Though the pace was nearly non-stop since the beginning of the event, the excitement in the studio didn't fade. These artists clearly enjoyed working together, and the challenge of accomplishing so much in such a short time seemed to invigorate them—that and the sense of community. While most of those participating were already professional acquaintances of his, Paul Baloche teared up when talking about the deep friendships that had been forged. "I can't even tell you how rewarding it was to hang out with people who really get you and what you're about," Baloche says. "It's a great way to start a new year, that's for sure. That deep connection has made all the difference in collaborating together."
When all was said and done at the Compassionart retreat, the artists surpassed their songwriting goald, contributing a total of 22 new compositions, a feat that still surprises everyone involved. A month later, several of the songwriters headed to London's famed Abbey Road studio to record some of the new material; those that couldn't make it yet to due to scheduling conflicts have already made future recording arrangements. Though he was unable to attend the event in Scotland due to health reasons, Chris Tomlin is joining the others in studio for the recording sessions at Abbey Road.
If all goes according to plan, an album will be released in the fall, with one half of the monies received over the songs' lifetimes to go to each songwriter's charity of choice. The other 50 percent will go to a charitable project agreed upon by all the songwriters involved.? Additionally, all the songwriters, publishers, managers, copyright institutes, and agents involved have all waived their rights and are donating their efforts on this project to Compassionart, just as Martin Smith originally hoped.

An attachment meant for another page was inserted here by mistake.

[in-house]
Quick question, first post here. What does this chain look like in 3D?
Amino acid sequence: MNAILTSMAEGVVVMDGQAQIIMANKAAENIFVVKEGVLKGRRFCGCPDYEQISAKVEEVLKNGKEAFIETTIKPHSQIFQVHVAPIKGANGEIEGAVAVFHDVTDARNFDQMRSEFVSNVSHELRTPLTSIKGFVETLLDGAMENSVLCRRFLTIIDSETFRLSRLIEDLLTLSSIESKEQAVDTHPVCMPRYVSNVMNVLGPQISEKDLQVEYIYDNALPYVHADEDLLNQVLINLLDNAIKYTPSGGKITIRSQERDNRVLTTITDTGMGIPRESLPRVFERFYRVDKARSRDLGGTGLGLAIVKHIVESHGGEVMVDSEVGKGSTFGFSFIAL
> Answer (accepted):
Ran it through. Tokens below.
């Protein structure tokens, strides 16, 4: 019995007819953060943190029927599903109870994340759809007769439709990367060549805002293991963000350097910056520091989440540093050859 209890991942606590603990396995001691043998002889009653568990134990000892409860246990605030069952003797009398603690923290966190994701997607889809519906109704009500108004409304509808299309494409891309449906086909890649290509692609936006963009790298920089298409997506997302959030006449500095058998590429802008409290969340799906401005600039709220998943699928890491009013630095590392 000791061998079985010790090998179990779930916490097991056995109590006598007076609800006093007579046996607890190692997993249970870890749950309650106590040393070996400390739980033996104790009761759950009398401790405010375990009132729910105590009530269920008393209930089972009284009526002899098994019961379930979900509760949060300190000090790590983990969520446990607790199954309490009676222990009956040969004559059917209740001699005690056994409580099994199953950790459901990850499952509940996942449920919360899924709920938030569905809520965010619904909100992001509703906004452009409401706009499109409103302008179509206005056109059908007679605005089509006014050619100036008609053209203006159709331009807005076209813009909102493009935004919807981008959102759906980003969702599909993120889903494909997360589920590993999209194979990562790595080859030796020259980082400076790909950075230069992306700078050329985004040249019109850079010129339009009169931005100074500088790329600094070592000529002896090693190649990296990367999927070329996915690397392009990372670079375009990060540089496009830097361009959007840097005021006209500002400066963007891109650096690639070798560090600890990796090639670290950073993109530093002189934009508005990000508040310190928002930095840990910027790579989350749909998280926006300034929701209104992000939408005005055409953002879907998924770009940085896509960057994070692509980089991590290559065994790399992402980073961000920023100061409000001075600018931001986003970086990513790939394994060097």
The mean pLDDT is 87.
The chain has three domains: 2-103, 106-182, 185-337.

Though it was certainly remarkable to see Smith's big dream accomplished, the event got me thinking about the strength of collaboration in numbers. What would Christian music sound like if more artists teamed up with their peers rather than working as lone soldiers? And what if artists were more comfortable with critiquing and challenging each other in the pursuit of great Christian art that ultimately makes a difference in the world? Seeing these artists in action was not only exciting, but inspiring—a snapshot of what happens when art, ministry, and community collide. Instead of copying what's been done before—what works, what's popular—a new Spirit-led path was paved.
It's also more than simply providing a new album for the masses or new songs for the church—after all, there are plenty of both around. These artists hope that joining together will inspire other believers in Christ to collaboratively use their gifts to make a difference in the world, no matter how great or small. Music itself won't change the world, but rethinking how we can use our gifts to serve others just might.